Armello | Principal Platforms: PC (Version Tested), Xbox One, PlayStation 4, iOS, Android | Developer: League of Geeks | Publisher: League of Geeks | Genre: Adventure, Board Game | Year: 2015

Armello PC Box Art

Armello

The animal kingdom is in peril! Warring factions have risen to claim the throne of a corrupted king and so it goes that the fate of Armello will be decided over a leisurely board game. Well not really, but that’s exactly how its fun blend of fighting and politicking is presented; a lavish digital board game, glamorously inked and dripping with theme.

First and foremost, Armello is a gorgeous game. You couldn’t ask more of the sharp visual design that sees menu screens lined with gold and gilded cards whose artworks dazzle. The animation of the quirky cast is likewise stellar and although the land itself is merely a board composed of hexes, it won’t take long for you to appreciate Armello’s inviting solemnity.

As a game Armello is highly replayable and equally as addictive. The elements of randomness make each session unpredictable and the excitement of discovering a legendary treasure in a dungeon tile or a rare ally card from a quest reward can be palpable. Likewise, the deep bank of achievements and other unlockable bonuses mean that those who get into the spirit of things won’t want to leave anytime soon.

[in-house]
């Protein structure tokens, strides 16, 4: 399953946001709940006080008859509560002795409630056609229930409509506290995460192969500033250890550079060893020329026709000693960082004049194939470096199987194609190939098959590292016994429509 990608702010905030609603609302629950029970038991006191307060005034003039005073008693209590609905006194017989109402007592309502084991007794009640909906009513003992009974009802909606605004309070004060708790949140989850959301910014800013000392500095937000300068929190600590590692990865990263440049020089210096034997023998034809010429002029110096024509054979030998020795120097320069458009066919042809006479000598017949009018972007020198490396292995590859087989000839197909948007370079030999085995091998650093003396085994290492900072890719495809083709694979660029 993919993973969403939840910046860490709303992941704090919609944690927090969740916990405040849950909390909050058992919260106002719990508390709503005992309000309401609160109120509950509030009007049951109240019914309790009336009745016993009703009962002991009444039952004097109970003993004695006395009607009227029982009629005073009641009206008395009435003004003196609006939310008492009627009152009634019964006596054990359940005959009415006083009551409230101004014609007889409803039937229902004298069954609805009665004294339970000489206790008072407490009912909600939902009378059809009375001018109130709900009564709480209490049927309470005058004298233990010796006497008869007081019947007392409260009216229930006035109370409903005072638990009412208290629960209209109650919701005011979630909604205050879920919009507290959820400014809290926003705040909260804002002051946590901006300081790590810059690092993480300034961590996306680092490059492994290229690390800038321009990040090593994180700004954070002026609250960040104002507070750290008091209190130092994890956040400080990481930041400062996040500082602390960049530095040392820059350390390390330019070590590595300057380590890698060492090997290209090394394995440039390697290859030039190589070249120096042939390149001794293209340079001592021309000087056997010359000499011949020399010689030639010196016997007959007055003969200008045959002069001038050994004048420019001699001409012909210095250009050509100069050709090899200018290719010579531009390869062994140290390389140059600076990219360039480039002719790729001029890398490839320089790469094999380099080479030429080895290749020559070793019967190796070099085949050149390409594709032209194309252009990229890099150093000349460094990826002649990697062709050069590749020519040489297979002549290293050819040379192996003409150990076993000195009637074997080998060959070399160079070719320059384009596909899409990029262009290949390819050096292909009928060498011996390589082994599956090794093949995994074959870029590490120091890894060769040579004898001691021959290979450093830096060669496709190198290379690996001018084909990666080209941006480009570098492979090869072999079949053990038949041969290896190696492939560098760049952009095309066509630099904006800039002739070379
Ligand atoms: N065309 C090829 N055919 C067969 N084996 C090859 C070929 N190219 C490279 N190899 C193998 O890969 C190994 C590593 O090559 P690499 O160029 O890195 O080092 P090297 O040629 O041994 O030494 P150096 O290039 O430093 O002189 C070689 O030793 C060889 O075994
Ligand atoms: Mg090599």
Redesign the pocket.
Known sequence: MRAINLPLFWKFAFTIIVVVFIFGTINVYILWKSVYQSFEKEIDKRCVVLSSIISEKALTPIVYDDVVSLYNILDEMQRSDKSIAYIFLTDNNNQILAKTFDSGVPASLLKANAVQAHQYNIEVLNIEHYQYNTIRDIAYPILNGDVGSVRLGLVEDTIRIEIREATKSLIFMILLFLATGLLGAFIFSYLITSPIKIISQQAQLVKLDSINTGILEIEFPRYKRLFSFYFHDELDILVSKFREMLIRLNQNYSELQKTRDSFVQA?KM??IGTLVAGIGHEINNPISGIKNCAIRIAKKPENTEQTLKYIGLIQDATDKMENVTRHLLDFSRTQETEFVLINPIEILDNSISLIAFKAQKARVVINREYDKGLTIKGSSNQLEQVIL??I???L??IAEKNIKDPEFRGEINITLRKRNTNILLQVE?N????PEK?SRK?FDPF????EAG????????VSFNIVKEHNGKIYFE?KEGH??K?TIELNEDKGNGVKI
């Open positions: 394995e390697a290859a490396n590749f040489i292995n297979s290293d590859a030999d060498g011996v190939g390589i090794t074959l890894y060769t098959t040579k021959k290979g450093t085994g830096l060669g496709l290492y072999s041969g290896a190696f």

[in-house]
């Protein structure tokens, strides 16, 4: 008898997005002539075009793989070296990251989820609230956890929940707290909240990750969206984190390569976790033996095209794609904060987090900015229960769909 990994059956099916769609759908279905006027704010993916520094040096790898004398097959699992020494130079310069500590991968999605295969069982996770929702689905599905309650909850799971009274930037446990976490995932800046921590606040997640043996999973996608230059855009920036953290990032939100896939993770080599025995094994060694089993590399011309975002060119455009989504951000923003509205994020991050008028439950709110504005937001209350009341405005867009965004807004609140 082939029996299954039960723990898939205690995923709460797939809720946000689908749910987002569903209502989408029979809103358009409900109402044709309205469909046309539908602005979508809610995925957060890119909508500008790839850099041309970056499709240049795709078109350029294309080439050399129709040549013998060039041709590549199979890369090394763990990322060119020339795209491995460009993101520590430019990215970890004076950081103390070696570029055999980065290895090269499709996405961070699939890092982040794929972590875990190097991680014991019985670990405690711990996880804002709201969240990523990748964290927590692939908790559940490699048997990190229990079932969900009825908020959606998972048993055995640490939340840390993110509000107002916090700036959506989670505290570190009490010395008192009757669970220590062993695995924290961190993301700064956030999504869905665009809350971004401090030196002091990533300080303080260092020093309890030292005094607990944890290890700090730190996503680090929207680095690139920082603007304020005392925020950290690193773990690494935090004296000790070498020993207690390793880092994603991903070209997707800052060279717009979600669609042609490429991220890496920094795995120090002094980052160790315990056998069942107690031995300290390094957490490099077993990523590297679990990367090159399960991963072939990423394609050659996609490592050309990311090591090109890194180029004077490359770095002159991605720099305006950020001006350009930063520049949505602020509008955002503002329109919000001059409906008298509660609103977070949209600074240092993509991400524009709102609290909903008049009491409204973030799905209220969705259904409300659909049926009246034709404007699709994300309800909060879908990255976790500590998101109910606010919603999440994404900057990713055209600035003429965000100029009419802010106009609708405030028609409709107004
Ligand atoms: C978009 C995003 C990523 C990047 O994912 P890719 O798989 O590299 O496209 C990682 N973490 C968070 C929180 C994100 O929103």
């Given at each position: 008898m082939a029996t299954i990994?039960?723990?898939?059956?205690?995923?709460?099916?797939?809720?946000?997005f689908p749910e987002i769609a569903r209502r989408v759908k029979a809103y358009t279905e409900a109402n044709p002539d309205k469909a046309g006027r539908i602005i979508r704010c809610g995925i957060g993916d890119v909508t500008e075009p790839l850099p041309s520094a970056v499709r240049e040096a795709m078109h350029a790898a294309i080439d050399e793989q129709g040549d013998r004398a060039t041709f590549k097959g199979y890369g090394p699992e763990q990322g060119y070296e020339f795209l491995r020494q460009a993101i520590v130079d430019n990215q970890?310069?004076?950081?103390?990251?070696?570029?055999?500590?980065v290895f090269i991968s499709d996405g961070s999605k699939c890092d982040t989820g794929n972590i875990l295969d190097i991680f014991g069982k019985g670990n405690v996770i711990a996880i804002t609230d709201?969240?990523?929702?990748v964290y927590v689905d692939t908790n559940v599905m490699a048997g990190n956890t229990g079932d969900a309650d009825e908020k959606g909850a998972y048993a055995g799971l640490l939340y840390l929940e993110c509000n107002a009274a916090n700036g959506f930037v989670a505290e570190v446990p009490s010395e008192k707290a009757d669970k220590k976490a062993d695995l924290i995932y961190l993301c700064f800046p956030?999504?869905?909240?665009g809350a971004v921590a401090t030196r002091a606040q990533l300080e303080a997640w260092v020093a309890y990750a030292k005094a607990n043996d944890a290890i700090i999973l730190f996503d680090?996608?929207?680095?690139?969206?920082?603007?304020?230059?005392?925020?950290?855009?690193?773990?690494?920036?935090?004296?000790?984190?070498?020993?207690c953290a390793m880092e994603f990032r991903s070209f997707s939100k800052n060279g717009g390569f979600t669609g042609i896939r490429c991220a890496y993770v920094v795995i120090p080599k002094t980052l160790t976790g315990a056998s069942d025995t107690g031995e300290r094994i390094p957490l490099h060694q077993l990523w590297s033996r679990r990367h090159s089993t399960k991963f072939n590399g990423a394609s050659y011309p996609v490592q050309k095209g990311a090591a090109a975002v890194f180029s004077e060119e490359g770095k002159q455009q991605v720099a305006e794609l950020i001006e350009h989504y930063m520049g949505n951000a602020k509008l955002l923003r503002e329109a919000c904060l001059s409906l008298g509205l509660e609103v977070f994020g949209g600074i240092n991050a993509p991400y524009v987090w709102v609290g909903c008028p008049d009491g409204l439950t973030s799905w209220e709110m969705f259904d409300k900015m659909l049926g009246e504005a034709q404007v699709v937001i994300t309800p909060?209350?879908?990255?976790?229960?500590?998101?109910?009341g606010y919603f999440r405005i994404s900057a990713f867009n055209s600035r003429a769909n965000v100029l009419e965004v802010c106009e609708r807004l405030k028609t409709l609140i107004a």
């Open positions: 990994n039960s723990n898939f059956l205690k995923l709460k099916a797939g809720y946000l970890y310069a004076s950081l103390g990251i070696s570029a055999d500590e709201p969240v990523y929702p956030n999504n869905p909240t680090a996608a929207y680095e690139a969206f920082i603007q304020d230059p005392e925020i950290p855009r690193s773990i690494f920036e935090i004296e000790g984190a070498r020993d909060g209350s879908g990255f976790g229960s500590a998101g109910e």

The playable heroes hail from one of the competing factions of rabbits, bears, wolves, or rats, and because each playable character comes with their own special ability, it’s possible to play Armello in a very different way each game. Sana the bear is an expert at using magic for example, but her combat skills pale in comparison to Thane, the wolf swordsman whose finesse in turn can’t match that of Barnaby, the rabbit tinkerer.

Why is this relevant? Similar to the Civilization series, Armello is another game that can be won in several different ways and deciding upon your best approach early is often the key to winning. A game of Armello ends the moment that the king (who lives in the palace at the centre of the board) dies of his self-inflicted magical corruption. The player with the most ‘Prestige’ at that point assumes the mantle of ruler and is declared the victor, but if another player can assassinate the king before that happens then it will be them who wins instead. Pacifist players may alternatively seek out Spirit Stones with which to destroy the king’s curse and a fourth option exists for those who would dedicate themselves to the dark arts and try and outdo the king at his own twisted game.

Unlike many board games of this kind, it is much harder to get away with an undisputed victory here. The final few turns of the game are always tense and exciting because all it takes is one plucky upstart to turn assassin and bring the game to an immediate end. Players can choose to infiltrate the palace and challenge the king in combat at any time which can make things very tense. The brutal traps and encounters surrounding the palace ensure that this approach is next to impossible in the early game of course, but once players have improved their statistics by running a few quests, all bets are off.